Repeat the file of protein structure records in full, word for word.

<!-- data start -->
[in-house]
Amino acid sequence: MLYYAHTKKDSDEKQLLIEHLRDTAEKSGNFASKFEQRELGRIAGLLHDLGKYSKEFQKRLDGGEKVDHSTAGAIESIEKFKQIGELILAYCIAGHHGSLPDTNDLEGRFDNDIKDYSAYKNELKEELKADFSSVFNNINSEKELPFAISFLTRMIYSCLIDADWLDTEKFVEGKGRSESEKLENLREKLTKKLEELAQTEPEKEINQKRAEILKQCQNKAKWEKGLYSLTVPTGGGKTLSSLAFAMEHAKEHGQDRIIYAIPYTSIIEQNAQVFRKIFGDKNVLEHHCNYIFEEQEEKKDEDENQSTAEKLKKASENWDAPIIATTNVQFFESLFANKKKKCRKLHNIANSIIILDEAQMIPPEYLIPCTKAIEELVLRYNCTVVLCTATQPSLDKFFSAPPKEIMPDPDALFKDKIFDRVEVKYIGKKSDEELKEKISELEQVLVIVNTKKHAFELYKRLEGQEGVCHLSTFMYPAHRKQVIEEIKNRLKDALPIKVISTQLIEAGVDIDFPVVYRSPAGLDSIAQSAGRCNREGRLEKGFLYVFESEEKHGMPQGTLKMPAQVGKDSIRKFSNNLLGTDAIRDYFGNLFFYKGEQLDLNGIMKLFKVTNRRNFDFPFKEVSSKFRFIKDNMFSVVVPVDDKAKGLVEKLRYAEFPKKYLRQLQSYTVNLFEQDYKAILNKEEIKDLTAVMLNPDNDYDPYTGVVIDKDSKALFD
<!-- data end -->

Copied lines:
[in-house]
Amino acid sequence: MLYYAHTKKDSDEKQLLIEHLRDTAEKSGNFASKFEQRELGRIAGLLHDLGKYSKEFQKRLDGGEKVDHSTAGAIESIEKFKQIGELILAYCIAGHHGSLPDTNDLEGRFDNDIKDYSAYKNELKEELKADFSSVFNNINSEKELPFAISFLTRMIYSCLIDADWLDTEKFVEGKGRSESEKLENLREKLTKKLEELAQTEPEKEINQKRAEILKQCQNKAKWEKGLYSLTVPTGGGKTLSSLAFAMEHAKEHGQDRIIYAIPYTSIIEQNAQVFRKIFGDKNVLEHHCNYIFEEQEEKKDEDENQSTAEKLKKASENWDAPIIATTNVQFFESLFANKKKKCRKLHNIANSIIILDEAQMIPPEYLIPCTKAIEELVLRYNCTVVLCTATQPSLDKFFSAPPKEIMPDPDALFKDKIFDRVEVKYIGKKSDEELKEKISELEQVLVIVNTKKHAFELYKRLEGQEGVCHLSTFMYPAHRKQVIEEIKNRLKDALPIKVISTQLIEAGVDIDFPVVYRSPAGLDSIAQSAGRCNREGRLEKGFLYVFESEEKHGMPQGTLKMPAQVGKDSIRKFSNNLLGTDAIRDYFGNLFFYKGEQLDLNGIMKLFKVTNRRNFDFPFKEVSSKFRFIKDNMFSVVVPVDDKAKGLVEKLRYAEFPKKYLRQLQSYTVNLFEQDYKAILNKEEIKDLTAVMLNPDNDYDPYTGVVIDKDSKALFD